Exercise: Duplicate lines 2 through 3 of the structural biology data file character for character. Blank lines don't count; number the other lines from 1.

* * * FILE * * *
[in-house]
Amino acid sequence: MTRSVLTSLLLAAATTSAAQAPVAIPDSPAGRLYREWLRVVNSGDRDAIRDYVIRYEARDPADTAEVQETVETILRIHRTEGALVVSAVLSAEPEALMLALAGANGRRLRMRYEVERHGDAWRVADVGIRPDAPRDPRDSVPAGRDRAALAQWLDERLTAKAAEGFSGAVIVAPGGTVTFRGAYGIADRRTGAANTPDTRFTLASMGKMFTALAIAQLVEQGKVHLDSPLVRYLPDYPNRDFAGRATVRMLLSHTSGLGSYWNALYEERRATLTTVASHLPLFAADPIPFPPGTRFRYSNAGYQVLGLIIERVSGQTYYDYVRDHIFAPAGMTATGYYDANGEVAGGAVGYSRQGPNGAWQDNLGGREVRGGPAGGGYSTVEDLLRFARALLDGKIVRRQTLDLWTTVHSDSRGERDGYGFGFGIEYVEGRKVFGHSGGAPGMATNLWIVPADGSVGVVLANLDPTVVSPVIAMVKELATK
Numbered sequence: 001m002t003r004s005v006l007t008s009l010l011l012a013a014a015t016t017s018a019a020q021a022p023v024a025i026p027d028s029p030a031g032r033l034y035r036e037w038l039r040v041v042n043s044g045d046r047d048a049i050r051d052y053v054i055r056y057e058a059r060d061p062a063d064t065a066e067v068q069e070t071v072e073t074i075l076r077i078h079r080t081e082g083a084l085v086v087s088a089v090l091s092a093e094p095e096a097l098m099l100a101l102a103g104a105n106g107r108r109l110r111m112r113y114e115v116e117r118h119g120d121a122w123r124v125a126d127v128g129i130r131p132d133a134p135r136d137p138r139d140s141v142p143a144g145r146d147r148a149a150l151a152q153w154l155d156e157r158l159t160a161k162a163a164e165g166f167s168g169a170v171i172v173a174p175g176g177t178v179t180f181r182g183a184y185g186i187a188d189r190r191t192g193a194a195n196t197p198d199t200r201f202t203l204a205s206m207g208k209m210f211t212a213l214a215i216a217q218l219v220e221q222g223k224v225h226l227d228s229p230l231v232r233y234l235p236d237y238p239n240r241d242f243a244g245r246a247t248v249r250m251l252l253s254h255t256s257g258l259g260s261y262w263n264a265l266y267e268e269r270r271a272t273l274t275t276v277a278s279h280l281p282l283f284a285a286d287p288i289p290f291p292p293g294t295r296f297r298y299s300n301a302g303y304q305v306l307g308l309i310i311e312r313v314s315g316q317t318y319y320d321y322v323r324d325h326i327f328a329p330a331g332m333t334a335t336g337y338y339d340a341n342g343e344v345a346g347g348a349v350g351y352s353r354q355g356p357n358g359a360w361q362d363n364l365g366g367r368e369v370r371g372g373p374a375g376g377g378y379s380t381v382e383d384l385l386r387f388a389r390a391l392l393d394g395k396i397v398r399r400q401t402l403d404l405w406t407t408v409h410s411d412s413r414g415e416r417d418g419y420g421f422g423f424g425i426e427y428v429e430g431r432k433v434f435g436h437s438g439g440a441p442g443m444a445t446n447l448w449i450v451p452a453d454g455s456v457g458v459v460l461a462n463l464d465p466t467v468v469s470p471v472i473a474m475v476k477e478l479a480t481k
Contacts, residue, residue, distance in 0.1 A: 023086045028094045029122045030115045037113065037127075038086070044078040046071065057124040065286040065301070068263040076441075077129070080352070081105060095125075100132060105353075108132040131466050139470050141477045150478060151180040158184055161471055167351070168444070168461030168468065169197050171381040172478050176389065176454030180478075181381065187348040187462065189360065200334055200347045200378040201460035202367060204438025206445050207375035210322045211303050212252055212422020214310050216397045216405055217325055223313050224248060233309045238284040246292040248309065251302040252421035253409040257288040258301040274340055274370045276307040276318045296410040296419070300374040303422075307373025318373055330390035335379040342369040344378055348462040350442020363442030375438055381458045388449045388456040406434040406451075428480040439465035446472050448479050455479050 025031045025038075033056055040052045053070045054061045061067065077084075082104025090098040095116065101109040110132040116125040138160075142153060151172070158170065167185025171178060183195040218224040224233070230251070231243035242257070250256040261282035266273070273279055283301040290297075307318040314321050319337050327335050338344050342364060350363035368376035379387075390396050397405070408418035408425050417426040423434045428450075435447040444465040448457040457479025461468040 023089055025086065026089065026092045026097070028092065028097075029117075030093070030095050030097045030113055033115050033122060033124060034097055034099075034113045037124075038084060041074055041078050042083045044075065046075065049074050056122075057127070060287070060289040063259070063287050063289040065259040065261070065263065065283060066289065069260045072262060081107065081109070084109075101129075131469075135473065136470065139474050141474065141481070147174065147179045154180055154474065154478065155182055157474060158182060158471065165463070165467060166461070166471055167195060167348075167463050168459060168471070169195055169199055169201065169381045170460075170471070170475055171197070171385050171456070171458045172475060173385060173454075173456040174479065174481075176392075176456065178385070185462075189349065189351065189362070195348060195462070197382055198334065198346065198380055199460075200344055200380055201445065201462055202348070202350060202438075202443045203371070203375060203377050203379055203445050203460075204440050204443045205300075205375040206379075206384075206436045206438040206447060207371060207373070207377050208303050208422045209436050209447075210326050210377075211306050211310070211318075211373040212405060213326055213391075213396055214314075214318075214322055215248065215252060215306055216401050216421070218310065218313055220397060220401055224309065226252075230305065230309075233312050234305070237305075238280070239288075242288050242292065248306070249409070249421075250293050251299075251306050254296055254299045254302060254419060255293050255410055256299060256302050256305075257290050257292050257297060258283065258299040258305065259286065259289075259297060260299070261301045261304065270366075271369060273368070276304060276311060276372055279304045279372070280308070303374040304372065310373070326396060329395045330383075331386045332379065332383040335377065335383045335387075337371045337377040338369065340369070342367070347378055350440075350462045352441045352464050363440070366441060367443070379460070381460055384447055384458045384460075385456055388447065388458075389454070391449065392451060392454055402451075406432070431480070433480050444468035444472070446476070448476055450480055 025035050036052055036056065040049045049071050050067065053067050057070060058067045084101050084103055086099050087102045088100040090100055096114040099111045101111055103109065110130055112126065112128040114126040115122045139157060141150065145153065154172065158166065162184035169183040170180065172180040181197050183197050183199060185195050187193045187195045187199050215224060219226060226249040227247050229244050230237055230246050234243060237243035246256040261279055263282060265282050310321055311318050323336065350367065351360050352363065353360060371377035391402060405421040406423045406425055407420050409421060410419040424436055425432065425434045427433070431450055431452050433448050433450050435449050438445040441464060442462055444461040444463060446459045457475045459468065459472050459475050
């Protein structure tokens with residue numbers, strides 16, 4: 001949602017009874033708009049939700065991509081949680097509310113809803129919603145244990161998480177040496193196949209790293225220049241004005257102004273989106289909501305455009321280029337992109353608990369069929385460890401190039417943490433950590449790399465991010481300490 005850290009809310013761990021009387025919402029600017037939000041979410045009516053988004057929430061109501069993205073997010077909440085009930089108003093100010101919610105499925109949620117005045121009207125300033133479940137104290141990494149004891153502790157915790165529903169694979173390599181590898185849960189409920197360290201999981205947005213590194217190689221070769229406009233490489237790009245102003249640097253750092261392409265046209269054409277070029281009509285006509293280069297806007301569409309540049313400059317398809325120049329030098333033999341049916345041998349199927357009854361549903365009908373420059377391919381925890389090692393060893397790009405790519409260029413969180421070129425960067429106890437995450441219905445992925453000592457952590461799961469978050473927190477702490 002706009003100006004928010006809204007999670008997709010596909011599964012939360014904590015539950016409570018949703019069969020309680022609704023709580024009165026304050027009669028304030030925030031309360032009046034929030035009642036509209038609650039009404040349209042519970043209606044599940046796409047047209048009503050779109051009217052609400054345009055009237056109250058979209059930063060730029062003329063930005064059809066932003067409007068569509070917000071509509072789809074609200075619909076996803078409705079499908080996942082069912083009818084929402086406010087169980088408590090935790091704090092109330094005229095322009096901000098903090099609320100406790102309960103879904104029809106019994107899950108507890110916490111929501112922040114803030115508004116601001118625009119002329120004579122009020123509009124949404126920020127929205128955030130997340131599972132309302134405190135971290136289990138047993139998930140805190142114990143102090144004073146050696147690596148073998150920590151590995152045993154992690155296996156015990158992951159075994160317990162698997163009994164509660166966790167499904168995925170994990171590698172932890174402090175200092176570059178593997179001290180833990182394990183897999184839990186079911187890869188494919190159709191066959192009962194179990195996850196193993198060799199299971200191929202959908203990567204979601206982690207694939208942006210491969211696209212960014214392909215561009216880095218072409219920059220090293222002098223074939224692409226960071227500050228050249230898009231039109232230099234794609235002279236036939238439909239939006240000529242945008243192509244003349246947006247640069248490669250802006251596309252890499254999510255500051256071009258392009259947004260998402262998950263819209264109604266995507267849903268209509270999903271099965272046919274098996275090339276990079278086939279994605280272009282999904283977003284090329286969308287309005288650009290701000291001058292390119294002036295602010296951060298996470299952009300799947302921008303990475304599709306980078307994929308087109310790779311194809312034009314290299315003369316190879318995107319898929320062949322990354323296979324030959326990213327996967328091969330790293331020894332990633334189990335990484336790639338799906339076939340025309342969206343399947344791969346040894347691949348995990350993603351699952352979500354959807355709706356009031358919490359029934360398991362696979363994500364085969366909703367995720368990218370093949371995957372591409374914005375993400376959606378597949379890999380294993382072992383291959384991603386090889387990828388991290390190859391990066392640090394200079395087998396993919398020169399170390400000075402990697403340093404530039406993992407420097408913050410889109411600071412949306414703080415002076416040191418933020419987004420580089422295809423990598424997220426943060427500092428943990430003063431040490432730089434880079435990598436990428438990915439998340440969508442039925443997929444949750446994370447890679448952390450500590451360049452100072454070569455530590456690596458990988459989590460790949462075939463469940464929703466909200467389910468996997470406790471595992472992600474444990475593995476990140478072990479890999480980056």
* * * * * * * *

Amino acid sequence: MTRSVLTSLLLAAATTSAAQAPVAIPDSPAGRLYREWLRVVNSGDRDAIRDYVIRYEARDPADTAEVQETVETILRIHRTEGALVVSAVLSAEPEALMLALAGANGRRLRMRYEVERHGDAWRVADVGIRPDAPRDPRDSVPAGRDRAALAQWLDERLTAKAAEGFSGAVIVAPGGTVTFRGAYGIADRRTGAANTPDTRFTLASMGKMFTALAIAQLVEQGKVHLDSPLVRYLPDYPNRDFAGRATVRMLLSHTSGLGSYWNALYEERRATLTTVASHLPLFAADPIPFPPGTRFRYSNAGYQVLGLIIERVSGQTYYDYVRDHIFAPAGMTATGYYDANGEVAGGAVGYSRQGPNGAWQDNLGGREVRGGPAGGGYSTVEDLLRFARALLDGKIVRRQTLDLWTTVHSDSRGERDGYGFGFGIEYVEGRKVFGHSGGAPGMATNLWIVPADGSVGVVLANLDPTVVSPVIAMVKELATK
Numbered sequence: 001m002t003r004s005v006l007t008s009l010l011l012a013a014a015t016t017s018a019a020q021a022p023v024a025i026p027d028s029p030a031g032r033l034y035r036e037w038l039r040v041v042n043s044g045d046r047d048a049i050r051d052y053v054i055r056y057e058a059r060d061p062a063d064t065a066e067v068q069e070t071v072e073t074i075l076r077i078h079r080t081e082g083a084l085v086v087s088a089v090l091s092a093e094p095e096a097l098m099l100a101l102a103g104a105n106g107r108r109l110r111m112r113y114e115v116e117r118h119g120d121a122w123r124v125a126d127v128g129i130r131p132d133a134p135r136d137p138r139d140s141v142p143a144g145r146d147r148a149a150l151a152q153w154l155d156e157r158l159t160a161k162a163a164e165g166f167s168g169a170v171i172v173a174p175g176g177t178v179t180f181r182g183a184y185g186i187a188d189r190r191t192g193a194a195n196t197p198d199t200r201f202t203l204a205s206m207g208k209m210f211t212a213l214a215i216a217q218l219v220e221q222g223k224v225h226l227d228s229p230l231v232r233y234l235p236d237y238p239n240r241d242f243a244g245r246a247t248v249r250m251l252l253s254h255t256s257g258l259g260s261y262w263n264a265l266y267e268e269r270r271a272t273l274t275t276v277a278s279h280l281p282l283f284a285a286d287p288i289p290f291p292p293g294t295r296f297r298y299s300n301a302g303y304q305v306l307g308l309i310i311e312r313v314s315g316q317t318y319y320d321y322v323r324d325h326i327f328a329p330a331g332m333t334a335t336g337y338y339d340a341n342g343e344v345a346g347g348a349v350g351y352s353r354q355g356p357n358g359a360w361q362d363n364l365g366g367r368e369v370r371g372g373p374a375g376g377g378y379s380t381v382e383d384l385l386r387f388a389r390a391l392l393d394g395k396i397v398r399r400q401t402l403d404l405w406t407t408v409h410s411d412s413r414g415e416r417d418g419y420g421f422g423f424g425i426e427y428v429e430g431r432k433v434f435g436h437s438g439g440a441p442g443m444a445t446n447l448w449i450v451p452a453d454g455s456v457g458v459v460l461a462n463l464d465p466t467v468v469s470p471v472i473a474m475v476k477e478l479a480t481k